“You’re beautiful.” These are two of the most powerful words that a person can hear, especially for women. Even more so for girls. It’s a phrase that gushes forward from a slew of yoga studios, fitness blogs, and screams at you from graphic tees. At first blush, it seems like an obvious compliment and a step in the right direction when it comes to embracing the good stuff. You’re beautiful! What’s wrong with that? A lot, as it turns out.
The recipient may hear, “You’re beautiful. Thank God. Because, as a woman, what you look like is the most important thing about you.” Youthful beauty changes and fades. That’s natural. If a person believes their most valuable asset, or even their only asset, is their beauty, what’s next? What about when they get older and may no longer meet our manipulated ideas of what beauty is? What if they gain or lose “too much” weight? What if they move to a region where their aesthetics are no longer considered by the majority to be beautiful? What if they’re in an accident that permanently changes their looks? What if they develop a condition or contract a disease that alters those precarious and completely unimportant features that made someone call them beautiful?
Let’s forget that glorified drug use in pop culture from music videos to Instagram feeds are saying that destroying your body is the ticket to beauty. Let’s look away from the addiction epidemic of the country because girls are still after all these decades being told that to fit in, they need to alter their minds and bodies with dangerous substances. Let’s forget the fact that “beautiful” is perhaps the most subjective adjective there is. You will not find or create a single image that the entire world agrees is “beautiful.” You can’t even find or create one that a local group of 100 people will likely agree with!
Try to make a conscious effort to craft compliments to do the best possible good. There are so many other ways to compliment people that are so much more important than looks. Remarking on how strong a woman is when she goes up in free weights for her squats, how powerful she is when she finishes her first 10k, or how much you admire her endurance when she powers through her first spin class are all ways of complimenting both her aesthetics and her inner self in ways that can’t be read negatively.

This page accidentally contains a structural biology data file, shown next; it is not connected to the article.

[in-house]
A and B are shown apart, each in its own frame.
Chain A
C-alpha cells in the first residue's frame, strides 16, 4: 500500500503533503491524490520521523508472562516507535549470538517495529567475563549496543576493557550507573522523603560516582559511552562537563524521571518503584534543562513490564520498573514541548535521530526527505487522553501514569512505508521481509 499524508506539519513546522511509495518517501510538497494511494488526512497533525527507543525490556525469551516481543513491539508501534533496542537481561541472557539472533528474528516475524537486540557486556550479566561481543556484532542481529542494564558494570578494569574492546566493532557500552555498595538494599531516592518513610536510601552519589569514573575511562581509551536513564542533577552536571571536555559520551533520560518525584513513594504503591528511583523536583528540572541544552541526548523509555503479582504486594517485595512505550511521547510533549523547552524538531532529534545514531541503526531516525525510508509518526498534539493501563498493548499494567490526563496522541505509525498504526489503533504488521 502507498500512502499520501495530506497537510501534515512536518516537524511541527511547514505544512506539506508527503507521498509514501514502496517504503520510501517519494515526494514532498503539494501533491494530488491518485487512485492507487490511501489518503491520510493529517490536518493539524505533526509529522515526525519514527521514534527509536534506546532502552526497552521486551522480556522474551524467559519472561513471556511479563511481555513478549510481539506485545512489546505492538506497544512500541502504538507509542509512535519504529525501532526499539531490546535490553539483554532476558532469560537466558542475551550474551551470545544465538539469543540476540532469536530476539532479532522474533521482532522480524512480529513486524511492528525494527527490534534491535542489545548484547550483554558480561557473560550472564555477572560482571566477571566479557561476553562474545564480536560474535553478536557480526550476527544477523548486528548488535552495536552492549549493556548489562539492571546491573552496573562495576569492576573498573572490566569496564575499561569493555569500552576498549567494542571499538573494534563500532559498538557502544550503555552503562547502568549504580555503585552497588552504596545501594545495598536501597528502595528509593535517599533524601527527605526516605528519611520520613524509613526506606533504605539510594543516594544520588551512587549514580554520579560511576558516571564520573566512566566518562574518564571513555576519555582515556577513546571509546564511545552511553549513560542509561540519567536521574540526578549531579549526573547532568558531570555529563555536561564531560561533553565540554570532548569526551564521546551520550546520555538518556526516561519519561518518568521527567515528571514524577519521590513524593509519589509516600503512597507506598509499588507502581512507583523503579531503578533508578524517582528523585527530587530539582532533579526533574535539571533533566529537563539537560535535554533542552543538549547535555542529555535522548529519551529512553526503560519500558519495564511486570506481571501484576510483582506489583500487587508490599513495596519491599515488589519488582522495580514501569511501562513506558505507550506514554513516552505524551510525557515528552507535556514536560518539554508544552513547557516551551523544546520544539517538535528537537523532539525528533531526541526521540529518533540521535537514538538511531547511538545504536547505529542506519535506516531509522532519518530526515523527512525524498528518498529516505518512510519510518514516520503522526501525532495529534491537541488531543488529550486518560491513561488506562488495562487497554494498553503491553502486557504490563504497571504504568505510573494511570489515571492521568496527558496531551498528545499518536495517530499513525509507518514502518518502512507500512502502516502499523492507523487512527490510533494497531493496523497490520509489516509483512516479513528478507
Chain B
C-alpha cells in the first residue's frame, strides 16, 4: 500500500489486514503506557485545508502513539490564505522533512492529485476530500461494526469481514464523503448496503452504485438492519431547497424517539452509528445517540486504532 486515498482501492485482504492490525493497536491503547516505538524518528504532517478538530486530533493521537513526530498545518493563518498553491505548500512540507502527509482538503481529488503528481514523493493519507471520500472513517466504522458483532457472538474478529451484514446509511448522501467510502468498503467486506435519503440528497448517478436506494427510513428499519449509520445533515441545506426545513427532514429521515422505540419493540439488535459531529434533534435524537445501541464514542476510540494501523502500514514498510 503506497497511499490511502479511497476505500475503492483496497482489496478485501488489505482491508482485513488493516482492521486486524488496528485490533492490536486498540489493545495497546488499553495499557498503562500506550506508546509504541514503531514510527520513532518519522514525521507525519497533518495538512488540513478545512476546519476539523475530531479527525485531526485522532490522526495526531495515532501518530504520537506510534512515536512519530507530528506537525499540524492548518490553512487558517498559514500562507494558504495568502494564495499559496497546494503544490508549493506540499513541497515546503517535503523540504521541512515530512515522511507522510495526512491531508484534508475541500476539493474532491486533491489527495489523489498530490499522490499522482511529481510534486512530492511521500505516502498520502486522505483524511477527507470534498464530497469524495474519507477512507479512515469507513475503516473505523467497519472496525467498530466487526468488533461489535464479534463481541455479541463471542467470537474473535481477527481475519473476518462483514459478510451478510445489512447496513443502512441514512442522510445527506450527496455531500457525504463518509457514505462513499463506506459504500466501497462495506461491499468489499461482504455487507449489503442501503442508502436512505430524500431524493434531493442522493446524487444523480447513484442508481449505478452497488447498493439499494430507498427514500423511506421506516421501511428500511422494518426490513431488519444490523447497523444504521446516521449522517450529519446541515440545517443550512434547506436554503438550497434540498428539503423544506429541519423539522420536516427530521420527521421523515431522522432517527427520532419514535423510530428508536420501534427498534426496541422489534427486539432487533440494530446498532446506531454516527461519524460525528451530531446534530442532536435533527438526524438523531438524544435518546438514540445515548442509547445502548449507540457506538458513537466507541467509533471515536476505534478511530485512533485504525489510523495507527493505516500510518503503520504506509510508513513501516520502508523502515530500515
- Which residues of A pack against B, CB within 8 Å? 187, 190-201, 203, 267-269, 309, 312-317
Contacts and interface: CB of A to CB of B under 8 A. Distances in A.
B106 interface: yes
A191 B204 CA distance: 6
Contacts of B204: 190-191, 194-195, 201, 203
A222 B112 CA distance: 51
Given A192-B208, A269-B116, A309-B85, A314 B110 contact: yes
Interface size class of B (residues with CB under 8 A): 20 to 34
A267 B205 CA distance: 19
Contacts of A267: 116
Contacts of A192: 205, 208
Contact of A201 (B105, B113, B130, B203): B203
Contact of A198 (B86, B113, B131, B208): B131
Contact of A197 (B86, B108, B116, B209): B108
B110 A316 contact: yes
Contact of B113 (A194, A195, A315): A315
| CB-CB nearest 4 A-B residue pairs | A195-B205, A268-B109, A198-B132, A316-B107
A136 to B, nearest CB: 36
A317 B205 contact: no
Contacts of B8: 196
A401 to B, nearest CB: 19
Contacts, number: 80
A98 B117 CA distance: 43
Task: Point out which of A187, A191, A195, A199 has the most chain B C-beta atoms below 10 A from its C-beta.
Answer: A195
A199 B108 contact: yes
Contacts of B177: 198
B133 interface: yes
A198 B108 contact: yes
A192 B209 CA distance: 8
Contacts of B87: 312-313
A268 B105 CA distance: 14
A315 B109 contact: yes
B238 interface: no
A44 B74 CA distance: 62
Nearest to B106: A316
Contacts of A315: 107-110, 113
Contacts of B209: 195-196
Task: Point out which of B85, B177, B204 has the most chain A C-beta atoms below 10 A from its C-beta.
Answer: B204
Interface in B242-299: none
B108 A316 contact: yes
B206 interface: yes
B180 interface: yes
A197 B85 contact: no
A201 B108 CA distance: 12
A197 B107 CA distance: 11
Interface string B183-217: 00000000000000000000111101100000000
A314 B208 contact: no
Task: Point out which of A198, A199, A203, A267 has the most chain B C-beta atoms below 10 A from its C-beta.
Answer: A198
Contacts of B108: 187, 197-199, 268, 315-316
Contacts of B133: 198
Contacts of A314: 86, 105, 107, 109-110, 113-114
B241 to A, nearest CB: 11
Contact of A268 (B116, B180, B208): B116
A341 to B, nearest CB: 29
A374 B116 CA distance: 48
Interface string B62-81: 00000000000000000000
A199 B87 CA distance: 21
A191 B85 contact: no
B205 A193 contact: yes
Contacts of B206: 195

Spreading the Love
Obviously, there are much deeper compliments you can give. About a person’s mind, their heart, their empathy, and their kindness. Those are the ones we should focus on more, especially with teenage girls who are particularly good at looking outside for validation, but it’s hard! They’re not always so obvious. You’ve got to really pay attention to be able to suss those out. They’re nearly impossible to pinpoint with strangers because you don’t know the person yet. Instead, we use compliments as social lube to get people to like us. To make small talk. And those compliments are largely about our looks because that’s what we first see when we meet someone. It would be pretty weird if you walked up to a stranger and said, “Wow, I love your sense of humor!”
Think about this the next time you see a newborn of a friend’s, a little girl. Imagine all you have to go on was a photo. What can you say about a newborn, especially when you don’t even have a clue about her personality? You’re staring at the photo, and the parents are staring at you expectantly. “She’s beautiful.” It’s what you’re supposed to say. What else can you say?
“She looks just like you!” And they’ll smile.
Girls are more than their looks and their perceived beauty. But sometimes it doesn’t feel that way, especially for the women and girls who count those two words as making up the vast majority of compliments they’ve ever received. What a terribly shaky and scary foundation to build your sense of self-worth on.
Make your compliments count. Make them deep, and make them matter. Your words may have a bigger impact than you will ever know.